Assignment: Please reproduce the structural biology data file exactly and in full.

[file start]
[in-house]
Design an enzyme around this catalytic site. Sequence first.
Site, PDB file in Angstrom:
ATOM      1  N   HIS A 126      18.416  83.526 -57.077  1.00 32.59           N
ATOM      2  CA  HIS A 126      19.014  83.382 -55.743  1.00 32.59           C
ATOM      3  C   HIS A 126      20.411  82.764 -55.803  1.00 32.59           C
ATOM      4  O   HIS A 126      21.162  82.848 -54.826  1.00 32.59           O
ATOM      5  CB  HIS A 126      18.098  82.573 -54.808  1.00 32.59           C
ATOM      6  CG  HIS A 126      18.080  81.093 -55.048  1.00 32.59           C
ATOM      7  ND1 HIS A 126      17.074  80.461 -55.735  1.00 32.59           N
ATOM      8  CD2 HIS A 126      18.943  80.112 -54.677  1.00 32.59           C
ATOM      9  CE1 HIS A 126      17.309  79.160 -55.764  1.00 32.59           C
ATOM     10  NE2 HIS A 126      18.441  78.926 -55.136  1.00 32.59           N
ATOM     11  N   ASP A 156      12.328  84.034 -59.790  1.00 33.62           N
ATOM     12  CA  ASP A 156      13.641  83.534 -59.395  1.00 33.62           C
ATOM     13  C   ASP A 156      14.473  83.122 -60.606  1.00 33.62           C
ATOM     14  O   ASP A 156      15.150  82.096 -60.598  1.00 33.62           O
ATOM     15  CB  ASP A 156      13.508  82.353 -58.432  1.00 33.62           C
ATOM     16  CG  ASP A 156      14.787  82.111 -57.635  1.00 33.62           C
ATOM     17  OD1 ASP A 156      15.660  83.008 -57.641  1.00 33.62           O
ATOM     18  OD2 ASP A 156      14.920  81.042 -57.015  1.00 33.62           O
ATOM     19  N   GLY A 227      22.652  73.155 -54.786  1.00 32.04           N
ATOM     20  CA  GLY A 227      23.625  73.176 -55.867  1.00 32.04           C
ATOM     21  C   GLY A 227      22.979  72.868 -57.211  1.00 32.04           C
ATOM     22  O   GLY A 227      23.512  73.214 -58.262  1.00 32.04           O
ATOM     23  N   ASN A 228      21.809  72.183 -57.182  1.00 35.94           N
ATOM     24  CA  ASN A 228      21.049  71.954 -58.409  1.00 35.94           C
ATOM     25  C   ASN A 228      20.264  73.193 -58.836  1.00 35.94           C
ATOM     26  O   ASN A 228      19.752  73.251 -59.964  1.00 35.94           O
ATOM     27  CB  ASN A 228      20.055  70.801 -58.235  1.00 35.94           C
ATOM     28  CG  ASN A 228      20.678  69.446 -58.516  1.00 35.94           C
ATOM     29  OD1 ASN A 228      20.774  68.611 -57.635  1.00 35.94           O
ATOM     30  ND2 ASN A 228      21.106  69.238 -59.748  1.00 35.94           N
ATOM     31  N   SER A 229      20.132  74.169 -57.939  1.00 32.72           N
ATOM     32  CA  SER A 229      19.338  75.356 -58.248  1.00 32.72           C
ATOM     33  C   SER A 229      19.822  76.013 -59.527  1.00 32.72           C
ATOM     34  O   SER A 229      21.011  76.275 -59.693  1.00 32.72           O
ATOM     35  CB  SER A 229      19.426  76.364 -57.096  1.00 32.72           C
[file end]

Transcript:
[in-house]
Design an enzyme around this catalytic site. Sequence first.
Site, PDB file in Angstrom:
ATOM      1  N   HIS A 126      18.416  83.526 -57.077  1.00 32.59           N
ATOM      2  CA  HIS A 126      19.014  83.382 -55.743  1.00 32.59           C
ATOM      3  C   HIS A 126      20.411  82.764 -55.803  1.00 32.59           C
ATOM      4  O   HIS A 126      21.162  82.848 -54.826  1.00 32.59           O
ATOM      5  CB  HIS A 126      18.098  82.573 -54.808  1.00 32.59           C
ATOM      6  CG  HIS A 126      18.080  81.093 -55.048  1.00 32.59           C
ATOM      7  ND1 HIS A 126      17.074  80.461 -55.735  1.00 32.59           N
ATOM      8  CD2 HIS A 126      18.943  80.112 -54.677  1.00 32.59           C
ATOM      9  CE1 HIS A 126      17.309  79.160 -55.764  1.00 32.59           C
ATOM     10  NE2 HIS A 126      18.441  78.926 -55.136  1.00 32.59           N
ATOM     11  N   ASP A 156      12.328  84.034 -59.790  1.00 33.62           N
ATOM     12  CA  ASP A 156      13.641  83.534 -59.395  1.00 33.62           C
ATOM     13  C   ASP A 156      14.473  83.122 -60.606  1.00 33.62           C
ATOM     14  O   ASP A 156      15.150  82.096 -60.598  1.00 33.62           O
ATOM     15  CB  ASP A 156      13.508  82.353 -58.432  1.00 33.62           C
ATOM     16  CG  ASP A 156      14.787  82.111 -57.635  1.00 33.62           C
ATOM     17  OD1 ASP A 156      15.660  83.008 -57.641  1.00 33.62           O
ATOM     18  OD2 ASP A 156      14.920  81.042 -57.015  1.00 33.62           O
ATOM     19  N   GLY A 227      22.652  73.155 -54.786  1.00 32.04           N
ATOM     20  CA  GLY A 227      23.625  73.176 -55.867  1.00 32.04           C
ATOM     21  C   GLY A 227      22.979  72.868 -57.211  1.00 32.04           C
ATOM     22  O   GLY A 227      23.512  73.214 -58.262  1.00 32.04           O
ATOM     23  N   ASN A 228      21.809  72.183 -57.182  1.00 35.94           N
ATOM     24  CA  ASN A 228      21.049  71.954 -58.409  1.00 35.94           C
ATOM     25  C   ASN A 228      20.264  73.193 -58.836  1.00 35.94           C
ATOM     26  O   ASN A 228      19.752  73.251 -59.964  1.00 35.94           O
ATOM     27  CB  ASN A 228      20.055  70.801 -58.235  1.00 35.94           C
ATOM     28  CG  ASN A 228      20.678  69.446 -58.516  1.00 35.94           C
ATOM     29  OD1 ASN A 228      20.774  68.611 -57.635  1.00 35.94           O
ATOM     30  ND2 ASN A 228      21.106  69.238 -59.748  1.00 35.94           N
ATOM     31  N   SER A 229      20.132  74.169 -57.939  1.00 32.72           N
ATOM     32  CA  SER A 229      19.338  75.356 -58.248  1.00 32.72           C
ATOM     33  C   SER A 229      19.822  76.013 -59.527  1.00 32.72           C
ATOM     34  O   SER A 229      21.011  76.275 -59.693  1.00 32.72           O
ATOM     35  CB  SER A 229      19.426  76.364 -57.096  1.00 32.72           C